Cash in the form of coins is acknowledged to have first been invented around the 6th or 5th century BC by the Lydians in what is now modern-day Turkey.
The first Lydian “Lion” coins were made of an alloy of gold and silver called electrum, which forms the basis of the now established visage of the gold coin.
Fast forward many centuries, and the most common form of money sits in abstract electronic form in the ledgers of commercial banks as deposits all around the world. The core business of banking is taking the risk of translating these short-term deposits – ‘TDs’ – into longer-term loans to other activities in the economy, such as mortgage or business lending, for a profit margin.
With overnight cash rates at 0.75 per cent and the potential to drop further, advertised 1-year TD rates from the big four banks are now around 1.20 per cent to 1.45 per cent, causing investors to seek out alternative investments to replace the low risk income they used to receive from such deposits. Cash is the second-largest asset allocation within SMSFs, which collectively hold around 21 per cent of their total assets, or $157 billion dollars (30 July 2019, ATO) in cash and TDs at banks.
Product providers have risen to the occasion with high-yielding investment products and structures that generally have a few common factors. They either promote high-dividend yield equities (which have no maturity date and rank last when it comes to security of capital), hybrid securities from banks (which have an uncertain maturity date and rank just above equities in terms of capital security), or they invest substantial amounts in lower credit quality bonds and/or less liquid private loans to corporates.
Thus, what links a lot of these income replacement products together is locking up money in securities with long-term or uncertain “return of capital” maturity dates, and/or lending to less credit-worthy counterparties. It is a substantial step-up in risk from term deposits.
Despite central banks’ trying to push investors into riskier assets by lowering interest rates, the case for holding a cash allocation during uncertain and volatile markets is increasing. We think what investors prize most about cash and TDs is that they are short-term investments – you can get your capital back with its principal value intact quickly when you need it, in exchange for a modest return.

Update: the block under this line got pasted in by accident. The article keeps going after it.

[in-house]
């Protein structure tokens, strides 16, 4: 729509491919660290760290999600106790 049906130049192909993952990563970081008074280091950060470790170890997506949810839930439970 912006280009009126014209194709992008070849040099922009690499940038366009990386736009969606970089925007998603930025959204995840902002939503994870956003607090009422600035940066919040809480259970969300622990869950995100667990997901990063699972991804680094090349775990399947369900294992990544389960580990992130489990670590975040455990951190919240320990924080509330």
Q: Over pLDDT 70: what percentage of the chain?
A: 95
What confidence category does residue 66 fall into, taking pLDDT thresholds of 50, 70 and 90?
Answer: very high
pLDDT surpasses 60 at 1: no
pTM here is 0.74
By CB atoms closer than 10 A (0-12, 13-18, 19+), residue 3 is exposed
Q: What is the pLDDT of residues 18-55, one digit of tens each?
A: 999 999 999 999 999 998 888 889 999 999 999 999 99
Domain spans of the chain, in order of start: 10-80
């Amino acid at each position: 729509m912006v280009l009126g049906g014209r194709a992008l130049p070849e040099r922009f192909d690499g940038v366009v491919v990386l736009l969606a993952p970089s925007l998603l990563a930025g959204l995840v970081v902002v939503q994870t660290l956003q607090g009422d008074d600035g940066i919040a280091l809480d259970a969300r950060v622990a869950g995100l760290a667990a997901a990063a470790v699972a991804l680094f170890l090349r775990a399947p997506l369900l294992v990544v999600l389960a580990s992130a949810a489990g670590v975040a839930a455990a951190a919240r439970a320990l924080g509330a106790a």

And in offering an investment strategy that aims to outperform cash and TDs without taking too much additional risk, this type of thinking should be paramount.
An investment team with this strategy prioritises low expected volatility (being the average daily variation of prices), seeks securities that are highly liquid (meaning the securities can be bought and sold quickly without moving the price much), pays a regular income and importantly, seeks to lend to only the better, more resilient, borrowers in the world.
Borrowers like the big four Australian banks and systemically important global banks like Citigroup and Bank of America, monopoly infrastructure providers like Sydney Airport, EastLink toll road in Melbourne, Transurban, and Australian mortgage-backed bonds, benefit from the world-class credit quality of Australian home owners.
Rather than accepting low returns from traditional cash investments, by expanding their universe to global fixed income markets investors can uncover many “gold-plated” lending opportunities that while they are not guaranteed, seek to mimic the risk and performance characteristics one would historically expect from shorter term, cash-like instruments but with regular income and higher expected returns of about 2 percent to 3 percent above cash rates over the medium term.
The oft-used cliché in investing is to invest for the long term, and that certainly is the mindset you need when investing in riskier and/or less liquid income-seeking asset classes. But in building portfolios suitable for investors who want to recover some of the lost yield from cash and term deposits, it can pay to think short term – shorter term maturity portfolios comprising bonds issued by stable and reliable borrowers, typically referred to as “investment grade”, meaning they have a strong capacity to pay you back.